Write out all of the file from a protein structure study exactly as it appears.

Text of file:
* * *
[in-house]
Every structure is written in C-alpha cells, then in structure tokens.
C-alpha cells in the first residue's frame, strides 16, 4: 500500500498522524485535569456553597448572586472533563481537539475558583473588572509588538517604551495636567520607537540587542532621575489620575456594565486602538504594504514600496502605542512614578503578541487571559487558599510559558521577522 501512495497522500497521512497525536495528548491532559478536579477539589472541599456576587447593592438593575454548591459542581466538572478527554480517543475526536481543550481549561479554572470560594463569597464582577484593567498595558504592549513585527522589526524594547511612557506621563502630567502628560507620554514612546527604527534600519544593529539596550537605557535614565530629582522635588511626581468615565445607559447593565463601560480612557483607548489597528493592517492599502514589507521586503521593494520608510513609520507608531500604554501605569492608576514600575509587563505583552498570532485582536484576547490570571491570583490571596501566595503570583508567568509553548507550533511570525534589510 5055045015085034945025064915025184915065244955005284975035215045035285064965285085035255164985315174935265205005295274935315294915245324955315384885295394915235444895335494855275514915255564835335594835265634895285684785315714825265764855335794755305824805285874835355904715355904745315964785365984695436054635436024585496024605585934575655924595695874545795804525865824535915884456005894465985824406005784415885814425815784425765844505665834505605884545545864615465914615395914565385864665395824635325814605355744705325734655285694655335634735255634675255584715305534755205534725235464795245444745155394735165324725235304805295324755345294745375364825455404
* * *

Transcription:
[in-house]
Every structure is written in C-alpha cells, then in structure tokens.
C-alpha cells in the first residue's frame, strides 16, 4: 500500500498522524485535569456553597448572586472533563481537539475558583473588572509588538517604551495636567520607537540587542532621575489620575456594565486602538504594504514600496502605542512614578503578541487571559487558599510559558521577522 501512495497522500497521512497525536495528548491532559478536579477539589472541599456576587447593592438593575454548591459542581466538572478527554480517543475526536481543550481549561479554572470560594463569597464582577484593567498595558504592549513585527522589526524594547511612557506621563502630567502628560507620554514612546527604527534600519544593529539596550537605557535614565530629582522635588511626581468615565445607559447593565463601560480612557483607548489597528493592517492599502514589507521586503521593494520608510513609520507608531500604554501605569492608576514600575509587563505583552498570532485582536484576547490570571491570583490571596501566595503570583508567568509553548507550533511570525534589510 5055045015085034945025064915025184915065244955005284975035215045035285064965285085035255164985315174935265205005295274935315294915245324955315384885295394915235444895335494855275514915255564835335594835265634895285684785315714825265764855335794755305824805285874835355904715355904745315964785365984695436054635436024585496024605585934575655924595695874545795804525865824535915884456005894465985824406005784415885814425815784425765844505665834505605884545545864615465914615395914565385864665395824635325814605355744705325734655285694655335634735255634675255584715305534755205534725235464795245444745155394735165324725235304805295324755345294745375364825455404